Copy as Emotion

The chapter on Copy as Emotion put forth the idea that you ‘…sell on emotion, but you justify the purchase with logic.’ From a buyer’s perspective, I can completely relate to this. Can you? This statement says a lot about how you should approach your sales copy, finding ways to appeal to your reader’s emotions (what they desire, what they fear, etc.), and then help them to justify their decision to purchase with proof (facts and figures).

Psychological Triggers

The second half of the book discussed the psychological triggers you can use in sales copy to encourage people to take action. If you were to read only one section of the book, this should be it. Here are some psychological triggers he mentions:

1) Feeling of involvement or ownership – help your prospect imagine the positive emotions they would feel if they possessed your offering.

2) Honesty – buyers appreciate the truth and want to buy from people they feel are being honest with them.

3) Value and proof of it – compare the price of your offering to other things to demonstrate it’s value.

4) Justify the purchase – remind the buyer that they deserve it.

5) Establish authority – people want to be buy from someone who knows what they’re doing, knows the product, the market, etc.

6) Satisfaction conviction – show the prospect you are so convinced they will be delighted with the offering that you will fully guarantee their satisfaction. Common ways to do this are to offer a full money back guarantee if they are not satisfied, as well as to offer to pay for return shipping costs (if it’s physical product). Having a strong satisfaction conviction sends a powerful message to your prospect and reduces risk associated with their purchase decision.

7) Desire to belong – if people identify with a specific social group it can influence their purchase decision.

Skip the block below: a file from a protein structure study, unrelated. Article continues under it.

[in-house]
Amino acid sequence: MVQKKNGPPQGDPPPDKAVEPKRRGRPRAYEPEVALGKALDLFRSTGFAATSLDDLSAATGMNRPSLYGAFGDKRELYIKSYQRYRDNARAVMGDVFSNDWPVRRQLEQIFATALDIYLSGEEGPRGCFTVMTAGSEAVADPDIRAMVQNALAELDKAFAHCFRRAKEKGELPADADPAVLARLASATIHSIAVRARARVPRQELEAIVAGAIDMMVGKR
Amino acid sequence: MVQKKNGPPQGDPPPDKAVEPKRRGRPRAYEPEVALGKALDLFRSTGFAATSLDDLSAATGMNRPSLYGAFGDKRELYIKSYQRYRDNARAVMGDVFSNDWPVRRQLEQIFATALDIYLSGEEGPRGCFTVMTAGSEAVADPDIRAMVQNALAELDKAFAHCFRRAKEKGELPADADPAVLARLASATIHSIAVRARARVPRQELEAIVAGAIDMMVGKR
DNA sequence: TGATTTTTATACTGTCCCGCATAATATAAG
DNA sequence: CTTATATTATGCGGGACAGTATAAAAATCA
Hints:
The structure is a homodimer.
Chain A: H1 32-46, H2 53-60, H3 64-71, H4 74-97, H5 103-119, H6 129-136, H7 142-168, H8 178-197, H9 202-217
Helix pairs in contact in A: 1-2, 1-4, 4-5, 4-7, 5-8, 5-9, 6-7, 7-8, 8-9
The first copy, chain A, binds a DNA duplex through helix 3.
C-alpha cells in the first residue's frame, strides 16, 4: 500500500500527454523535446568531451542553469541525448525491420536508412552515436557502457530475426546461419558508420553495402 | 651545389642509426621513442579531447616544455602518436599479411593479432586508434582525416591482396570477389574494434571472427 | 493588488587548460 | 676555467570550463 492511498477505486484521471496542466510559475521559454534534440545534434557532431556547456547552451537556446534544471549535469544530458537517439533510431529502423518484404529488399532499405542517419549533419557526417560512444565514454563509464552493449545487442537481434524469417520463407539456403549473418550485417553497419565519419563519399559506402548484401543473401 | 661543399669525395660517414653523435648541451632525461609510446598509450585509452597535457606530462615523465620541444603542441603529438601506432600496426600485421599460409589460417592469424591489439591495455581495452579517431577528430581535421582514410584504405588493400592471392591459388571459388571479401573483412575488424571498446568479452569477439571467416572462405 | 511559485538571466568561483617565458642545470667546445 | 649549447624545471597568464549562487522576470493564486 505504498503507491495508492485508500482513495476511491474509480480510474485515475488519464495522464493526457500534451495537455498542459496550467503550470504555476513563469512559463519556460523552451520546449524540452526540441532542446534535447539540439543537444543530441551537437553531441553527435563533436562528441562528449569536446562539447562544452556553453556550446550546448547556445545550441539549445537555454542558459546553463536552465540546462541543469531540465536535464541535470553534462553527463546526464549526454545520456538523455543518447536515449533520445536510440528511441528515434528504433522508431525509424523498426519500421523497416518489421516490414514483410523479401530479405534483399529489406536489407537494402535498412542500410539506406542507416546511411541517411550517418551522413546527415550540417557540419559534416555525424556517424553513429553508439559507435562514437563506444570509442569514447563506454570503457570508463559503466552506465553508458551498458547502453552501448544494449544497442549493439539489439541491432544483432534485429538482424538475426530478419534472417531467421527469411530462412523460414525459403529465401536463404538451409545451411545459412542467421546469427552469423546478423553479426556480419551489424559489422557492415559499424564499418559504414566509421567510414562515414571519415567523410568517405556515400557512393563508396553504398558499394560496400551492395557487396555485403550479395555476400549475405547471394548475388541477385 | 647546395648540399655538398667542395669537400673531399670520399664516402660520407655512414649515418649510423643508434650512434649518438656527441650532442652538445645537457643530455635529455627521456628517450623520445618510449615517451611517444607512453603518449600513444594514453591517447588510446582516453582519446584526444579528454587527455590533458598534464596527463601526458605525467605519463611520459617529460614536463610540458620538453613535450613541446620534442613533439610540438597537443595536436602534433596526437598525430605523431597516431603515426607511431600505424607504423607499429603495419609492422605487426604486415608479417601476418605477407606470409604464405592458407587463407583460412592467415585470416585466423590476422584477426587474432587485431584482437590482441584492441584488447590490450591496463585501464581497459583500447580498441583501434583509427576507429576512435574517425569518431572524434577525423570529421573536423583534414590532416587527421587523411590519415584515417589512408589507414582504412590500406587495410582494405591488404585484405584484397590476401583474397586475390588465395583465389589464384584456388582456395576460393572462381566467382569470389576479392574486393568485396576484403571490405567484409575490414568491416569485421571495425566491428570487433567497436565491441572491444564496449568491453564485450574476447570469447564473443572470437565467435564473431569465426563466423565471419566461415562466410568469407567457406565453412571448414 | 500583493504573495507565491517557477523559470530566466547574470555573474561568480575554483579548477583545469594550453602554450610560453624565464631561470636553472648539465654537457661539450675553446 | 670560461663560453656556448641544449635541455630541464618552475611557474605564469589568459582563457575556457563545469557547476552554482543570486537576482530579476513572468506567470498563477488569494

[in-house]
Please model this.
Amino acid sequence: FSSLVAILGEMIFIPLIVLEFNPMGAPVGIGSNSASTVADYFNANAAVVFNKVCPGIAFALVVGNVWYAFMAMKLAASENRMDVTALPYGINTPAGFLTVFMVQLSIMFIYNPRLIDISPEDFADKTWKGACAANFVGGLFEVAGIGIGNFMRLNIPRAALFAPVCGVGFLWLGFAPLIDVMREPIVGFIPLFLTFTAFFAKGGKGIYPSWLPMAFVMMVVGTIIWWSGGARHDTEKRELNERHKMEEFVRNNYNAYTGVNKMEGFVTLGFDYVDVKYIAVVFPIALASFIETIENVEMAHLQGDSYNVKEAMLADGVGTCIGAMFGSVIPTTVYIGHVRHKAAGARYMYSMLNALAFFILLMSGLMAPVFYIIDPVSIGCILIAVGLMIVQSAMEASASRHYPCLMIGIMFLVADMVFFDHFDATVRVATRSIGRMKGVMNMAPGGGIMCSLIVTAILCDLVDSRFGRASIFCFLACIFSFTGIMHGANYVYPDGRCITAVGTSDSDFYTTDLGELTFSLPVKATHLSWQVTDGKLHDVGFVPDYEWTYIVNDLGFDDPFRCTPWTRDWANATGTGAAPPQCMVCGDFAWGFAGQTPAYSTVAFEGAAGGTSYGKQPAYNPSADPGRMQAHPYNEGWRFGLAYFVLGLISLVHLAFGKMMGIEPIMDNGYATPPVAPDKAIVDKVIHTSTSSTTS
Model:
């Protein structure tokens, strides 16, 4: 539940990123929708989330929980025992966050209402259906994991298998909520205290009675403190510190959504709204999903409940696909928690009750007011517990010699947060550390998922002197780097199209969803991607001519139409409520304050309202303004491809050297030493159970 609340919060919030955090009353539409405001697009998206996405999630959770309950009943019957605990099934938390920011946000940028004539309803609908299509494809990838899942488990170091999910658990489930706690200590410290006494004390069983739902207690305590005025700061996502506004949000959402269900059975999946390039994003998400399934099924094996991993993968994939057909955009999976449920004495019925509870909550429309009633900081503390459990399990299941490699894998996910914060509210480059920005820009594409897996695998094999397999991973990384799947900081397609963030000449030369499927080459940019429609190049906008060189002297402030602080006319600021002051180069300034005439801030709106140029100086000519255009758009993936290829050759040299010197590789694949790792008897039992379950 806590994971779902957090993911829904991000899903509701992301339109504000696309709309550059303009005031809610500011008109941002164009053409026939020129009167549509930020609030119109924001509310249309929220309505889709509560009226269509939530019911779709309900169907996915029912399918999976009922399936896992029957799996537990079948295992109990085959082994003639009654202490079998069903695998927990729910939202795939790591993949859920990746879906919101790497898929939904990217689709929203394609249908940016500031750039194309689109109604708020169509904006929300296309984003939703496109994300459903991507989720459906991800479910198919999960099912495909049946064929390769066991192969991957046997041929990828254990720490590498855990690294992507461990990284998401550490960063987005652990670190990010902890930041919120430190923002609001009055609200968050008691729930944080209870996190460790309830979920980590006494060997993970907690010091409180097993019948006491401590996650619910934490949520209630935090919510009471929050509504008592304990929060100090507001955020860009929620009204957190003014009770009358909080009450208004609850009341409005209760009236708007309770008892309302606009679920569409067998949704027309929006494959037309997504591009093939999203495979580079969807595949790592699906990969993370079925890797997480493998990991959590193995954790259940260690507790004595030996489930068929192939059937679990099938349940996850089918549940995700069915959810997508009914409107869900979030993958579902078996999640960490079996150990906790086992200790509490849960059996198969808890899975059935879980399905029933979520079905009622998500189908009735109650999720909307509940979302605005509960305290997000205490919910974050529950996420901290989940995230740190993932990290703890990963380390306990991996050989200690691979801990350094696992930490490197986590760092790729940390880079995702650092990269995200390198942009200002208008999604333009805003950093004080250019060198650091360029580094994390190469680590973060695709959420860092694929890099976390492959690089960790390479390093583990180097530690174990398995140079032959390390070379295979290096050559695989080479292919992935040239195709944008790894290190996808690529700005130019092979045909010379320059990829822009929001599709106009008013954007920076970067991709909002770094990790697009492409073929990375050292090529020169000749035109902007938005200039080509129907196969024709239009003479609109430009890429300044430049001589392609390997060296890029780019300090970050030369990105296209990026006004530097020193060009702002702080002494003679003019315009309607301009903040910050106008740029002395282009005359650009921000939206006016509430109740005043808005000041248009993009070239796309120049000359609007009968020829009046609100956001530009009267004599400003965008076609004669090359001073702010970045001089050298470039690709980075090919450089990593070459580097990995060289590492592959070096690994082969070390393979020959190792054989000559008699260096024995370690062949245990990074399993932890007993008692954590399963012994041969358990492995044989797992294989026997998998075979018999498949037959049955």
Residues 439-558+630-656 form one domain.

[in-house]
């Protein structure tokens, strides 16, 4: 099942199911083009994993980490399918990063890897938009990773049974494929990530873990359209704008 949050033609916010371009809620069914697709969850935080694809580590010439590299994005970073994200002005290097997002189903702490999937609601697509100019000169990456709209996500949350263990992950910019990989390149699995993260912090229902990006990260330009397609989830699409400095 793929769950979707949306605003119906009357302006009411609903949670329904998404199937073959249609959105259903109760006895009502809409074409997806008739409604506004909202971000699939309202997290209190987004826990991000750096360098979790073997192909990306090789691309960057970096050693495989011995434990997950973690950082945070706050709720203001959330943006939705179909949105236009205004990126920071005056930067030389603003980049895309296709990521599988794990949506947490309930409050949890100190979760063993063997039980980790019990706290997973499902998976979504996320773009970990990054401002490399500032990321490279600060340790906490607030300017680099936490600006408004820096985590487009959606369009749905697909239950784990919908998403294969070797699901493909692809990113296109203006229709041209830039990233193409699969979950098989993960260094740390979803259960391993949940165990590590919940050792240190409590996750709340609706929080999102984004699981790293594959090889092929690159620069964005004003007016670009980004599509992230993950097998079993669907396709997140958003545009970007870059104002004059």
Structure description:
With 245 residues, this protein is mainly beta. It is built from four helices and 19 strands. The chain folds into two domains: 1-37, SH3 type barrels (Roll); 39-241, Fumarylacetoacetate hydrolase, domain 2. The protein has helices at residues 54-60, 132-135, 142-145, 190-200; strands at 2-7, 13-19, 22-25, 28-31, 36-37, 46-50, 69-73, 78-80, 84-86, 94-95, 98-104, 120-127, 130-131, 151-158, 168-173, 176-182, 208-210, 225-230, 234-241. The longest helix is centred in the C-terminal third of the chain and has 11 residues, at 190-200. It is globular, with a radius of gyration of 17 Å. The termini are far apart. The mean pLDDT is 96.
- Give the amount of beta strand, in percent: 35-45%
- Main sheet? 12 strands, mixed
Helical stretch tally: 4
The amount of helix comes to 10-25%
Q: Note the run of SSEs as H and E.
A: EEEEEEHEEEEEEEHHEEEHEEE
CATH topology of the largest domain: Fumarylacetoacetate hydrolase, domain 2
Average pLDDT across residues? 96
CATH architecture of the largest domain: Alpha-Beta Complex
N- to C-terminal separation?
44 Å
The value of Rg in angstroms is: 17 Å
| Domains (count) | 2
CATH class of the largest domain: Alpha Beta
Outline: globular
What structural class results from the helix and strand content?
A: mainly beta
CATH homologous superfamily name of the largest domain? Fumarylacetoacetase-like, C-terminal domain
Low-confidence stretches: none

8) Sense of urgency – scarcity or limited time offers can create urgency which motivate the buyer to act.

9) Fear – show the buyer how your product can solve a problem they fear.

10) Instant gratification – show how your product can instantly satisfy the buyer’s need. 

11) Exclusivity, rarity of uniqueness – the more exclusive, rare or unique a product, the more you can charge for an offering, and often the higher the demand for it.

Final thoughts

If you’re still honing your copywriting skills this is a great book to read and put Sugarman’s ideas into action. With more than 300 pages, this book isn’t a quick read. And it’s not meant to be. This book gives you a detailed look at all facets of effective copywriting. If your goal is to develop your copywriting skills to point of mastery, The Adweek Copywriting Handbook by Joseph Sugarman should be a critical component of your copywriting education. This won’t be a book you read once, and never go back to. My copy is highlighted throughout, and I know I’ll refer back to it again and again in future.

Now it’s your turn – have you read The Adweek Copywriting Handbook? Which sections stood out for you? Are there other Joseph Sugarman books you’ve read that you’d recommend?

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About The Author

Eric Moeller

Eric Moeller is the Managing Director of Copy Dojo, an agency which helps startups improve their sales copywriting to rapidly grow their business. He has two decades of experience in high tech marketing and product management. Eric has an MBA in marketing, and completed Seth Godin's altMBA in the summer of 2015.